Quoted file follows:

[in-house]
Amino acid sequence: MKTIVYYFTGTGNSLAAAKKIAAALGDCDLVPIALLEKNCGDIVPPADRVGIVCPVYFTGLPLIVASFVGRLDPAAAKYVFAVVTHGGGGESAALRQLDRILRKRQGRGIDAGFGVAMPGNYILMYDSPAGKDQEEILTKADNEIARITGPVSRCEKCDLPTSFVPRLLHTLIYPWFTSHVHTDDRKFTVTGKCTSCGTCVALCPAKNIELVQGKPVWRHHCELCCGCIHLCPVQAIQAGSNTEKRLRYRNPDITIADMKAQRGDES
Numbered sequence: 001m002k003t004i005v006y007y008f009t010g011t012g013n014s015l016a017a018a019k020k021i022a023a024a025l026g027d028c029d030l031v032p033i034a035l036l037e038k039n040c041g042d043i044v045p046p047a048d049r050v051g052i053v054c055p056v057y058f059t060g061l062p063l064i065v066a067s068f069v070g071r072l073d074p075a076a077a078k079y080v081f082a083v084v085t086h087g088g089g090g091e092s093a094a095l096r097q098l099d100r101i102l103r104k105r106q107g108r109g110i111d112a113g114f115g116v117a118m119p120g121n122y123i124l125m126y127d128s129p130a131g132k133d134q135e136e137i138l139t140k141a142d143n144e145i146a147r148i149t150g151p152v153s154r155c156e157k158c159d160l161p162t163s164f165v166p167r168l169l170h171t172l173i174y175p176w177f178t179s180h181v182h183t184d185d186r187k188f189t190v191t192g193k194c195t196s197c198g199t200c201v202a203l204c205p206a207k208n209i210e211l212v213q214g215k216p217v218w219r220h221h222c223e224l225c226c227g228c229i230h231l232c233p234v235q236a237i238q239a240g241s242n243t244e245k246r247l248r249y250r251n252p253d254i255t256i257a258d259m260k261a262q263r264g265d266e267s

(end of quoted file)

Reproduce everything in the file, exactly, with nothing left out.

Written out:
[in-house]
Amino acid sequence: MKTIVYYFTGTGNSLAAAKKIAAALGDCDLVPIALLEKNCGDIVPPADRVGIVCPVYFTGLPLIVASFVGRLDPAAAKYVFAVVTHGGGGESAALRQLDRILRKRQGRGIDAGFGVAMPGNYILMYDSPAGKDQEEILTKADNEIARITGPVSRCEKCDLPTSFVPRLLHTLIYPWFTSHVHTDDRKFTVTGKCTSCGTCVALCPAKNIELVQGKPVWRHHCELCCGCIHLCPVQAIQAGSNTEKRLRYRNPDITIADMKAQRGDES
Numbered sequence: 001m002k003t004i005v006y007y008f009t010g011t012g013n014s015l016a017a018a019k020k021i022a023a024a025l026g027d028c029d030l031v032p033i034a035l036l037e038k039n040c041g042d043i044v045p046p047a048d049r050v051g052i053v054c055p056v057y058f059t060g061l062p063l064i065v066a067s068f069v070g071r072l073d074p075a076a077a078k079y080v081f082a083v084v085t086h087g088g089g090g091e092s093a094a095l096r097q098l099d100r101i102l103r104k105r106q107g108r109g110i111d112a113g114f115g116v117a118m119p120g121n122y123i124l125m126y127d128s129p130a131g132k133d134q135e136e137i138l139t140k141a142d143n144e145i146a147r148i149t150g151p152v153s154r155c156e157k158c159d160l161p162t163s164f165v166p167r168l169l170h171t172l173i174y175p176w177f178t179s180h181v182h183t184d185d186r187k188f189t190v191t192g193k194c195t196s197c198g199t200c201v202a203l204c205p206a207k208n209i210e211l212v213q214g215k216p217v218w219r220h221h222c223e224l225c226c227g228c229i230h231l232c233p234v235q236a237i238q239a240g241s242n243t244e245k246r247l248r249y250r251n252p253d254i255t256i257a258d259m260k261a262q263r264g265d266e267s